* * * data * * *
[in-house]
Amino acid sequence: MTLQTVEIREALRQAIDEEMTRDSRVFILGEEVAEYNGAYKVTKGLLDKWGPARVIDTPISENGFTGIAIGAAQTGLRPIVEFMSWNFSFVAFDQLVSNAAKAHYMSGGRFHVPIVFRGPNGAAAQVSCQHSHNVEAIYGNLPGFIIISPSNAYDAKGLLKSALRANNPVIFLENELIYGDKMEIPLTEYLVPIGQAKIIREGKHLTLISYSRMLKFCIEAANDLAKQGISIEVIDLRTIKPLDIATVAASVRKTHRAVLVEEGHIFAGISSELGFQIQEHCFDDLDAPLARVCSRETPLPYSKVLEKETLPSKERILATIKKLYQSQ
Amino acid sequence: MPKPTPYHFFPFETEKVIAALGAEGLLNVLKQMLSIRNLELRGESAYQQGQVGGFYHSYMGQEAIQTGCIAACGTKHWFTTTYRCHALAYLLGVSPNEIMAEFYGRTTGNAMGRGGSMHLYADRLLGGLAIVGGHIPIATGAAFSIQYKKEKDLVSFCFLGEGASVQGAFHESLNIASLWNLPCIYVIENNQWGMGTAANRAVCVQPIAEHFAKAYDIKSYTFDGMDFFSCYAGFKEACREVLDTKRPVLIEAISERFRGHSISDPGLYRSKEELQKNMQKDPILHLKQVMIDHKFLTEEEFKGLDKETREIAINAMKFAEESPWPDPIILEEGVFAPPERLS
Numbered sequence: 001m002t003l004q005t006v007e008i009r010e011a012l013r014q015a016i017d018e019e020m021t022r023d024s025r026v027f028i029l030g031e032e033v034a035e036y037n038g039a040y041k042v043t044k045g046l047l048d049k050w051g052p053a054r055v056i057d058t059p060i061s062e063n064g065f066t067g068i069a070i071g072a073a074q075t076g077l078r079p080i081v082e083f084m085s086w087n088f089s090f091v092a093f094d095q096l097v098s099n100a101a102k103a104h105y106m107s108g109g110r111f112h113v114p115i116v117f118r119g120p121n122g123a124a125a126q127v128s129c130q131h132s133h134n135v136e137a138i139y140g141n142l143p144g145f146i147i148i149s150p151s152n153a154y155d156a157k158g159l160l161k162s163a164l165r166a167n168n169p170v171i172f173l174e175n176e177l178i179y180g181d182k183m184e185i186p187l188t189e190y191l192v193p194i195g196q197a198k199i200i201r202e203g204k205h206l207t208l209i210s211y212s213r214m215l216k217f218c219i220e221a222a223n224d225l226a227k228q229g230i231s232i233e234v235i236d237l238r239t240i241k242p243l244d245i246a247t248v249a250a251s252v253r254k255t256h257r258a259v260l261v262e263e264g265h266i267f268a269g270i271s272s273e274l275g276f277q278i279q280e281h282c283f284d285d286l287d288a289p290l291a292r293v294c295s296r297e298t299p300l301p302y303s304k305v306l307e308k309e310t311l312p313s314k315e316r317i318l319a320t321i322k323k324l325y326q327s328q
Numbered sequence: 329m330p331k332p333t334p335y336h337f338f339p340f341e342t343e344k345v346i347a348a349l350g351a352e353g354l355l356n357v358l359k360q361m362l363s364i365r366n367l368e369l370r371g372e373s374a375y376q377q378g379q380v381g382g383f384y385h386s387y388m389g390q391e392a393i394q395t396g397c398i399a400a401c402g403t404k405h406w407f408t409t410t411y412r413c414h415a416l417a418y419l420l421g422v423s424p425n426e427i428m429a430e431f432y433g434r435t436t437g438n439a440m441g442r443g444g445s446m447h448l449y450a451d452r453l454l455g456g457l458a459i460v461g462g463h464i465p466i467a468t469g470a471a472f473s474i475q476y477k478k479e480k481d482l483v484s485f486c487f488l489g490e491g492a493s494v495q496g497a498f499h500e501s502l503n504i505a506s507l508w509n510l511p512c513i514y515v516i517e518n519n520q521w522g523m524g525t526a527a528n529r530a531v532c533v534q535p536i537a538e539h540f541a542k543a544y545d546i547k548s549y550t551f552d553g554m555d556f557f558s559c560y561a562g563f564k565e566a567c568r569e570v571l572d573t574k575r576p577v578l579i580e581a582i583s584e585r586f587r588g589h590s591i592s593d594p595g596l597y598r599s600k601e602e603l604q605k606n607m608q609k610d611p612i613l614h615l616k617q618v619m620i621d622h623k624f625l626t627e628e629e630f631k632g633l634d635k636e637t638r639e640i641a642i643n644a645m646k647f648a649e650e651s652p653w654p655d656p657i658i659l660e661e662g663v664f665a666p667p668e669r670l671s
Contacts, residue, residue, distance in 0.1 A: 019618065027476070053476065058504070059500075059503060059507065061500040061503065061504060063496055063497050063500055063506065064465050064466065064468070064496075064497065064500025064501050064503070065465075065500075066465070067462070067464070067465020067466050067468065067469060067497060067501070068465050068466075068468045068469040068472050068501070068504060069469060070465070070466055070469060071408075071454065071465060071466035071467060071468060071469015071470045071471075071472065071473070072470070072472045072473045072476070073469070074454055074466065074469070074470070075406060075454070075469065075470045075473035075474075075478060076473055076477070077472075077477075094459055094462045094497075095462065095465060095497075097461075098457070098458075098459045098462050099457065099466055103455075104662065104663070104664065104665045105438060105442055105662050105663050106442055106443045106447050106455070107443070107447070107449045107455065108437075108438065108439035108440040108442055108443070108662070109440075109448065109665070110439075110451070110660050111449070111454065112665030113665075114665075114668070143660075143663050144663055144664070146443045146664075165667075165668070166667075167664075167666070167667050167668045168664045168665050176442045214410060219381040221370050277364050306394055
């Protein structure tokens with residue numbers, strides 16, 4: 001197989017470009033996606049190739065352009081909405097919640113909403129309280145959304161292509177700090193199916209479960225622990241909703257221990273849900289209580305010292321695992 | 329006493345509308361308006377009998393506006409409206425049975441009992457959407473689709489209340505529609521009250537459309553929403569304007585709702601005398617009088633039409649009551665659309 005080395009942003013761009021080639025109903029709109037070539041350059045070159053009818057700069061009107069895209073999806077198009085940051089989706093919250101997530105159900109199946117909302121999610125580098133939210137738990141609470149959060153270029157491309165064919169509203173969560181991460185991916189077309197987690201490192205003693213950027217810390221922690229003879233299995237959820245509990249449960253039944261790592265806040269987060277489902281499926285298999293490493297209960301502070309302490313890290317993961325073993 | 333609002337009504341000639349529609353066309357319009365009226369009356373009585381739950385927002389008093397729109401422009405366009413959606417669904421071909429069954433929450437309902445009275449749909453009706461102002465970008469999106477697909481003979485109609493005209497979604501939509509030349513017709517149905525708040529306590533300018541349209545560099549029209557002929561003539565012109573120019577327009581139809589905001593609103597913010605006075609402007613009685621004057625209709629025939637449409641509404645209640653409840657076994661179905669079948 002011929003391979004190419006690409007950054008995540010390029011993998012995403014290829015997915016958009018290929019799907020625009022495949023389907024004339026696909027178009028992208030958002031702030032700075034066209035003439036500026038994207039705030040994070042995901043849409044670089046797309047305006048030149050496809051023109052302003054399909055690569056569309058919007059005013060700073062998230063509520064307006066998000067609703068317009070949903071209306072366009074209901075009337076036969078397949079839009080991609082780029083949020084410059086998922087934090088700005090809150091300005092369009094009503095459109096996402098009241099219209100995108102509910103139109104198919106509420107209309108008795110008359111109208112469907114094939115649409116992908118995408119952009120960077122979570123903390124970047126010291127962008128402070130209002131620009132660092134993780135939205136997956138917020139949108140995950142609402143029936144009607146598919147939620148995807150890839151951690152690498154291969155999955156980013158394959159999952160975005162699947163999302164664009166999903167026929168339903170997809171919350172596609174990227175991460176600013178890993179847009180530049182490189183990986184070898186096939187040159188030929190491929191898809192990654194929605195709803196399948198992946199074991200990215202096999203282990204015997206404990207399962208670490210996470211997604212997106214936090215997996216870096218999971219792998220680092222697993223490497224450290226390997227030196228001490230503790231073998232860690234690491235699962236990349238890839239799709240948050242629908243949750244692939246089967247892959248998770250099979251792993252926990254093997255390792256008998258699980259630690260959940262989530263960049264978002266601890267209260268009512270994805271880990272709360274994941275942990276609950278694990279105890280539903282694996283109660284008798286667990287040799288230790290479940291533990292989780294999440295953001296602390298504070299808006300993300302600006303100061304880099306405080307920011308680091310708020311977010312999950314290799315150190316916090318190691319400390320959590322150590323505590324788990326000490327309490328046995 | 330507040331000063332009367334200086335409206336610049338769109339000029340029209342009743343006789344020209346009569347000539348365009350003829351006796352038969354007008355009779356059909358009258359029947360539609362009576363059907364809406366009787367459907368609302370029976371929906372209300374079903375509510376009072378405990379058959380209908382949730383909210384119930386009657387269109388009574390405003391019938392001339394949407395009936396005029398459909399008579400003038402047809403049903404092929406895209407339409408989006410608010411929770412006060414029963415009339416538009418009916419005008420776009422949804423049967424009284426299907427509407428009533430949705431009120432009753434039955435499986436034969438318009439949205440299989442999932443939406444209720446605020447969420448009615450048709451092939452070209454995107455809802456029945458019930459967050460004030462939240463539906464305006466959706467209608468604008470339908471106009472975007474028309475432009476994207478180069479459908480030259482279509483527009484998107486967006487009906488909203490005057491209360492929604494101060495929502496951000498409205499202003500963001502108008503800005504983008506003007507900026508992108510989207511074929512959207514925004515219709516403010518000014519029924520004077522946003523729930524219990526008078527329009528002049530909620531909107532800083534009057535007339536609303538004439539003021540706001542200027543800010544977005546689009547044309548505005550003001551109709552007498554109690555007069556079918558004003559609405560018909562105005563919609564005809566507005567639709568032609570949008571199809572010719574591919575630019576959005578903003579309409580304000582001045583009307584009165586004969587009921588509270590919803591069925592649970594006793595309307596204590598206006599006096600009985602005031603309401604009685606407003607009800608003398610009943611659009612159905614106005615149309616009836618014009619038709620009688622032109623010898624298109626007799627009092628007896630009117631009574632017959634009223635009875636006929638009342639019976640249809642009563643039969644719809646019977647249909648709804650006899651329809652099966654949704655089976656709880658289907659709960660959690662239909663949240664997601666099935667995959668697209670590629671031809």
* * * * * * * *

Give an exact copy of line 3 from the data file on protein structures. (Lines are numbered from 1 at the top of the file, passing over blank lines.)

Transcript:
Amino acid sequence: MPKPTPYHFFPFETEKVIAALGAEGLLNVLKQMLSIRNLELRGESAYQQGQVGGFYHSYMGQEAIQTGCIAACGTKHWFTTTYRCHALAYLLGVSPNEIMAEFYGRTTGNAMGRGGSMHLYADRLLGGLAIVGGHIPIATGAAFSIQYKKEKDLVSFCFLGEGASVQGAFHESLNIASLWNLPCIYVIENNQWGMGTAANRAVCVQPIAEHFAKAYDIKSYTFDGMDFFSCYAGFKEACREVLDTKRPVLIEAISERFRGHSISDPGLYRSKEELQKNMQKDPILHLKQVMIDHKFLTEEEFKGLDKETREIAINAMKFAEESPWPDPIILEEGVFAPPERLS